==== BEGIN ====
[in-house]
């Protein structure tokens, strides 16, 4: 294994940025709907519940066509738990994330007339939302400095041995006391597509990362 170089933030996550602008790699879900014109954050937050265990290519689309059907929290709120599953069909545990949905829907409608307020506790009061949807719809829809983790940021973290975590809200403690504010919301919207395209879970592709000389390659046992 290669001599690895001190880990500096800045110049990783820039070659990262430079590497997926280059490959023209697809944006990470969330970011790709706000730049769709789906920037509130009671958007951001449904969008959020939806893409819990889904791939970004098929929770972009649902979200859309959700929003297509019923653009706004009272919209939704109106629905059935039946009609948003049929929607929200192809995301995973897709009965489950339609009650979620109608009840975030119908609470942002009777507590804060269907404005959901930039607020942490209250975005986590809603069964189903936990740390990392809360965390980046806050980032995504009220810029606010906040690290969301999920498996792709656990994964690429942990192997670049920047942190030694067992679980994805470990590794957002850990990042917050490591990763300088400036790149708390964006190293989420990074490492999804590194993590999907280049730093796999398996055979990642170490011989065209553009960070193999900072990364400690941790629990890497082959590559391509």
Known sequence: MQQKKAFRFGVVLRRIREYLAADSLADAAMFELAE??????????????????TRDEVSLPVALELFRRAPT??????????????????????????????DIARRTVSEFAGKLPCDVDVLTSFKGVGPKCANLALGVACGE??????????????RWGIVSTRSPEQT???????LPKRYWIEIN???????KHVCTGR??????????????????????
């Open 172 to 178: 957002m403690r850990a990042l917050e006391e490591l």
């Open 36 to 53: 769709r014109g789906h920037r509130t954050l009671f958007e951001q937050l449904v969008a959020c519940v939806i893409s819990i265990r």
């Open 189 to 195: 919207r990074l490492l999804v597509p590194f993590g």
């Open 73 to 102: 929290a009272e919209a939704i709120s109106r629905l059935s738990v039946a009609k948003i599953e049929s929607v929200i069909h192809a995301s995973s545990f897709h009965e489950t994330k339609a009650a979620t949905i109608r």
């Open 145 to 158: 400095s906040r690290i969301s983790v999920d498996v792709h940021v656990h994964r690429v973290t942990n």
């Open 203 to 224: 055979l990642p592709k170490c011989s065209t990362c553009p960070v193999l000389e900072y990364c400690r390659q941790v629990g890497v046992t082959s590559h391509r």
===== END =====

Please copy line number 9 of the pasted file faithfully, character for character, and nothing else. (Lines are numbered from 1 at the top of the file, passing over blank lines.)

């Open 203 to 224: 055979l990642p592709k170490c011989s065209t990362c553009p960070v193999l000389e900072y990364c400690r390659q941790v629990g890497v046992t082959s590559h391509r």